What does God want for us in regard to prosperity and health? Well, when we look at the whole of scripture, we discover that prosperity and the blessings of God were really just by-products! According to the dictionary, a by-product is something that is produced during the production of something else. It is something that happens as a result of something else. It is something produced in addition to the principal product. It is a secondary result. Typically, you don’t cut wood for the purpose of getting sawdust! You cut wood to have material to build something and sawdust is produced as a by-product of cutting the wood! Well, in the same manner prosperity, success, health, and other blessings are just by-products! Abraham was blessed by God because he was obedient and faithful. In Joshua 1, we discover that God told Joshua that his prosperity and success would be the results of his obedience! The Lord made Solomon rich, not because he asked for riches, but rather because he asked for wisdom! Wisdom was the real prize and his wealth or prosperity was just the by-product! Jesus said we are to seek first the Kingdom (rule, authority) of God and all the things needed would be added! Nowhere in scripture do we find the Lord advocating that we make blessings, riches, or prosperity our main goal or pursuit! In fact, the Bible teaches that the pursuit of those things is detrimental! (See 1 Timothy 6:8-11) In the Bible, God didn’t bless or prosper people because they ask or sought to be blessed or prospered. God blessed and prospered them because of their obedience and faithfulness! Is it God’s will that we prosper and be in good health? That is not the “real” pertinent question we should be asking. The question we should be asking is: Is it God’s will that we be faithful and obedient? When we are, God will bless and prosper as God sees fit in God’s own time! But we shouldn’t pursue the blessings, they are just sawdust. They are just the by-products of faithfulness and obedience! In fact, It is has never been God’s will that we pursue blessings and prosperity, but rather it has always been God’s will that blessings and prosperity pursue us! Deuteronomy 28:1-2 says: “And it shall come to pass, if thou shalt hearken diligently unto the voice of the LORD thy God, to observe and to do all his commandments which I command thee this day, that the LORD thy God will set thee on high above all nations of the earth: And all these blessings shall come on thee, and overtake thee, if thou shalt hearken unto the voice of the LORD thy God.” In Psalms 23:6, David says: “Surely goodness and mercy shall follow me all the days of my life: and I will dwell in the house of the LORD for ever.” In the Hebrew text, the word for “follow” is not a passive word for a puppy-dog following it’s master, but rather it’s active word for a ferocious beasts tracking and pursuing it’s prey! In Matthew 6:31-33, Jesus said: “Therefore do not be anxious, saying, ‘What shall we eat?’ or ‘What shall we drink?’ or ‘What shall we wear?’ For the Gentiles seek after all these things, and your heavenly Father knows that you need them all. But seek first the kingdom of God and his righteousness, and all these things will be added to you.” This modern-day prosperity preaching has really gotten it twisted by making a side dish the main dish! It has made what God intended to be an appetizer the main meal! It is putting people in bondage because it is making people work for (pursue) what should be working (pursuing) them!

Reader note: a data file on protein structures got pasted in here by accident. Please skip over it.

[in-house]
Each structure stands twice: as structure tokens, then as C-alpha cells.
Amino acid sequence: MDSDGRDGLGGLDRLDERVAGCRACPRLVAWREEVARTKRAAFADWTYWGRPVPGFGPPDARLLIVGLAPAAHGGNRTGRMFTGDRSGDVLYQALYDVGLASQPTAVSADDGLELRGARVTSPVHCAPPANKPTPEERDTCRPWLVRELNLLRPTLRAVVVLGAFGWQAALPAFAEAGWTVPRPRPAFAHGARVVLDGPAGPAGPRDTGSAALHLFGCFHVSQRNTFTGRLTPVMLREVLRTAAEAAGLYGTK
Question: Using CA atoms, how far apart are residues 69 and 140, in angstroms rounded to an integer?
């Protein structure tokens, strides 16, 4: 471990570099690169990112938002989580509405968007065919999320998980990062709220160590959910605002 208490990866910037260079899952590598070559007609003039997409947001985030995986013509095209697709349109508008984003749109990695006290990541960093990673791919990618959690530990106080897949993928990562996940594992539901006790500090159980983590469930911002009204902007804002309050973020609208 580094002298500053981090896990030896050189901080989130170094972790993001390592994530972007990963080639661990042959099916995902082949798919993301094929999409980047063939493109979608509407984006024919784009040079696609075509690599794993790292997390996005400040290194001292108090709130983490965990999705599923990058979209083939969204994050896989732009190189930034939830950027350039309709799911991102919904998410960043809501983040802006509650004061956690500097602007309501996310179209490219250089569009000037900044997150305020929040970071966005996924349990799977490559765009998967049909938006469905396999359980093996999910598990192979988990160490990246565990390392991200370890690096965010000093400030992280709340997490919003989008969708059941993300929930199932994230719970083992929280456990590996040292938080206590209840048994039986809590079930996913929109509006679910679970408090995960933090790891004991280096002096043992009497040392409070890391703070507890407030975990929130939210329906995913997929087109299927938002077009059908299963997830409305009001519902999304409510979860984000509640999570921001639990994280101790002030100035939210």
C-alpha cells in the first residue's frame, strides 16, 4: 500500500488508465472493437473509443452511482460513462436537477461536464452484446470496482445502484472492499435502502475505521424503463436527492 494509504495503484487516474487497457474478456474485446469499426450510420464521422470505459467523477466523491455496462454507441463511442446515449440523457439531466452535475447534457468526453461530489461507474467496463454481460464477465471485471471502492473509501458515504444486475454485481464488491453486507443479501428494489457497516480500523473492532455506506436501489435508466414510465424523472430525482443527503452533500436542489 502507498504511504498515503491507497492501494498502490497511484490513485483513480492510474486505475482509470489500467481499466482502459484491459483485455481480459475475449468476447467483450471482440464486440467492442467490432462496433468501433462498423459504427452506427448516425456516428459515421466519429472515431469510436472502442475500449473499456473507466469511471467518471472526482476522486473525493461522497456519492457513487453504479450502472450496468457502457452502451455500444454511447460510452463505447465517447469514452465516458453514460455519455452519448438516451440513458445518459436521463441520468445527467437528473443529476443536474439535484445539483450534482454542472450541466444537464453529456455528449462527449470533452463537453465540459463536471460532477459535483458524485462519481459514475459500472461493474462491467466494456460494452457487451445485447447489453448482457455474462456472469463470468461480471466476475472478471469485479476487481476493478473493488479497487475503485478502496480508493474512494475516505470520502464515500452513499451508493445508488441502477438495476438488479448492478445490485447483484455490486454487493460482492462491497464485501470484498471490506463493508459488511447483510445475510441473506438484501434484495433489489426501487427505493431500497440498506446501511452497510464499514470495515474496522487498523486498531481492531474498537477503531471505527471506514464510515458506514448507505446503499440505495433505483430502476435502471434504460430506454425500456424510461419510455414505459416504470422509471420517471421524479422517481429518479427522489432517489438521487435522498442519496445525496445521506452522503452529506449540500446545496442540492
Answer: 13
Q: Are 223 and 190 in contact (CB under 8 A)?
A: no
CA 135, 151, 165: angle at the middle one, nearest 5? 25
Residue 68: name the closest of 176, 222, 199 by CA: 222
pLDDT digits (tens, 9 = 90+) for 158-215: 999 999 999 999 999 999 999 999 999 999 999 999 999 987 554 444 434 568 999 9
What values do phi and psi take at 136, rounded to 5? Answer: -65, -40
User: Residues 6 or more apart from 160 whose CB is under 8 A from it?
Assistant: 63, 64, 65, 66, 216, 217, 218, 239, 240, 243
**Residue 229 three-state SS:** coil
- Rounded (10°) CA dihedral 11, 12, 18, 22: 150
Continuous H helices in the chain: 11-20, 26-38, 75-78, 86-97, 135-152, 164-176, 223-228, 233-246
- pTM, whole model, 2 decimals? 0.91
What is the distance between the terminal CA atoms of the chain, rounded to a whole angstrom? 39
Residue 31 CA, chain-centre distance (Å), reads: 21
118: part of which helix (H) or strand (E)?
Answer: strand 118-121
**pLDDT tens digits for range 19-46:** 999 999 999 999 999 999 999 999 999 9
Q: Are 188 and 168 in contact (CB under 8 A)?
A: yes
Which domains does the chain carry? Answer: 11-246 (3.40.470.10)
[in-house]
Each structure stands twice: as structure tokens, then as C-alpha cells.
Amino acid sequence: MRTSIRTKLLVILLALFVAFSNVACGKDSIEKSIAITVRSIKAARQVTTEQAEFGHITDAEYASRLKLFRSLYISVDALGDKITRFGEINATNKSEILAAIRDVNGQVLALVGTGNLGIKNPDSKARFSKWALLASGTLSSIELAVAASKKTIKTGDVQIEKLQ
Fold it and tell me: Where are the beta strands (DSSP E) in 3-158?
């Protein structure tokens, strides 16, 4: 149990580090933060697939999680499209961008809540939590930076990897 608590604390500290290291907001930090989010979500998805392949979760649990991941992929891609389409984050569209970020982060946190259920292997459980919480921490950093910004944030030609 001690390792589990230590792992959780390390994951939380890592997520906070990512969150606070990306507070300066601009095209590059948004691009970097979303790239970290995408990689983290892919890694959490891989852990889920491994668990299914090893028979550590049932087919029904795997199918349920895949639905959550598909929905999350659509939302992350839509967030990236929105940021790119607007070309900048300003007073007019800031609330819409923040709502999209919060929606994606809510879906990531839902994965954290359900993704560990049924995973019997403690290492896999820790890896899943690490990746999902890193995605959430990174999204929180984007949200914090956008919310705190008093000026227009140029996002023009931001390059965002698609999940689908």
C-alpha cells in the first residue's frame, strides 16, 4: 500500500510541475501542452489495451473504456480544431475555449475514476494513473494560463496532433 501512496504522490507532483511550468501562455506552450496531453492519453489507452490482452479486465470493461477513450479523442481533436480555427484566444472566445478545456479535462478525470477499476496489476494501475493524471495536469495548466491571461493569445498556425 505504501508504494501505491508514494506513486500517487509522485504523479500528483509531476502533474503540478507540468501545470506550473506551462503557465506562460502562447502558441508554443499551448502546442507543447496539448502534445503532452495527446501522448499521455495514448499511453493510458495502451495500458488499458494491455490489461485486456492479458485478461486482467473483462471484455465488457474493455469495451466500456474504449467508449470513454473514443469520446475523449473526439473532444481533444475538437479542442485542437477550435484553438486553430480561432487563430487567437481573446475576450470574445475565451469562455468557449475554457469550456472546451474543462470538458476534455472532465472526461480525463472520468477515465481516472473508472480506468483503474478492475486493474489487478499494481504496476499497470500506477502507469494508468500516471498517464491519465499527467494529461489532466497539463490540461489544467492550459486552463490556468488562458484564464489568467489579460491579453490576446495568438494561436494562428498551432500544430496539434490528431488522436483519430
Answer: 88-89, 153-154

Is it God’s will that we prosper? I believe it is! I just don’t think it is the teaching to this verse! I don’t think the Bible teaches we should pursue prosperity for prosperity’s sake! I’m a “meat and gravy” kind of guy, so let me put it this way: I don’t cook meat just to get gravy, but I appreciate the gravy as a by-product of cooking the meat! Instead of pursuing prosperity, if we pursue the God who prospers, we will be blessed, we will prosper (as God sees fit), we will be in health (as God sees fit and as we live healthy life-styles) as a by-product of our relationship with God.
I do agree entirely. I love the “sawdust” analogy. How many piles of neglected timber are there around, left by people eagerly sweeping up the sawdust? That’s a whole parable in itself. I feel a story coming on….